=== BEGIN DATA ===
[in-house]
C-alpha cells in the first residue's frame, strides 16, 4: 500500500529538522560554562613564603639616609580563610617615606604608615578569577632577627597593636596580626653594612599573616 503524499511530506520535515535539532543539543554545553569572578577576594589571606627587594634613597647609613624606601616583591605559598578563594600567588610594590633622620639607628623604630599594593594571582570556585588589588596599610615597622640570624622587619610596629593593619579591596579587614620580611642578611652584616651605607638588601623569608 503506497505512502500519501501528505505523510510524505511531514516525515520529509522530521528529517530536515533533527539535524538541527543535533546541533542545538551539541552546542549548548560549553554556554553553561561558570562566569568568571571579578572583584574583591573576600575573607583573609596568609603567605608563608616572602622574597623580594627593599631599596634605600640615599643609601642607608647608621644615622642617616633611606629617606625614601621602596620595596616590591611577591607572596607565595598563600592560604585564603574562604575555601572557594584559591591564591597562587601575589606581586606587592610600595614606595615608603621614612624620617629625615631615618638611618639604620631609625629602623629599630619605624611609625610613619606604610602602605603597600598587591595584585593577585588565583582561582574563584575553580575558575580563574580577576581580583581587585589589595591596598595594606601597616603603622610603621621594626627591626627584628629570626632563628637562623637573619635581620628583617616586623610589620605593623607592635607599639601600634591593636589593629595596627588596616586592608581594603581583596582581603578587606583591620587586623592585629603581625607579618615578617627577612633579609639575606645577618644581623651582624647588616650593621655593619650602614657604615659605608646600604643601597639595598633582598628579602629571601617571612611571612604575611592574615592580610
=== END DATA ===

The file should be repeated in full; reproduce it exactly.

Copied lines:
[in-house]
C-alpha cells in the first residue's frame, strides 16, 4: 500500500529538522560554562613564603639616609580563610617615606604608615578569577632577627597593636596580626653594612599573616 503524499511530506520535515535539532543539543554545553569572578577576594589571606627587594634613597647609613624606601616583591605559598578563594600567588610594590633622620639607628623604630599594593594571582570556585588589588596599610615597622640570624622587619610596629593593619579591596579587614620580611642578611652584616651605607638588601623569608 503506497505512502500519501501528505505523510510524505511531514516525515520529509522530521528529517530536515533533527539535524538541527543535533546541533542545538551539541552546542549548548560549553554556554553553561561558570562566569568568571571579578572583584574583591573576600575573607583573609596568609603567605608563608616572602622574597623580594627593599631599596634605600640615599643609601642607608647608621644615622642617616633611606629617606625614601621602596620595596616590591611577591607572596607565595598563600592560604585564603574562604575555601572557594584559591591564591597562587601575589606581586606587592610600595614606595615608603621614612624620617629625615631615618638611618639604620631609625629602623629599630619605624611609625610613619606604610602602605603597600598587591595584585593577585588565583582561582574563584575553580575558575580563574580577576581580583581587585589589595591596598595594606601597616603603622610603621621594626627591626627584628629570626632563628637562623637573619635581620628583617616586623610589620605593623607592635607599639601600634591593636589593629595596627588596616586592608581594603581583596582581603578587606583591620587586623592585629603581625607579618615578617627577612633579609639575606645577618644581623651582624647588616650593621655593619650602614657604615659605608646600604643601597639595598633582598628579602629571601617571612611571612604575611592574615592580610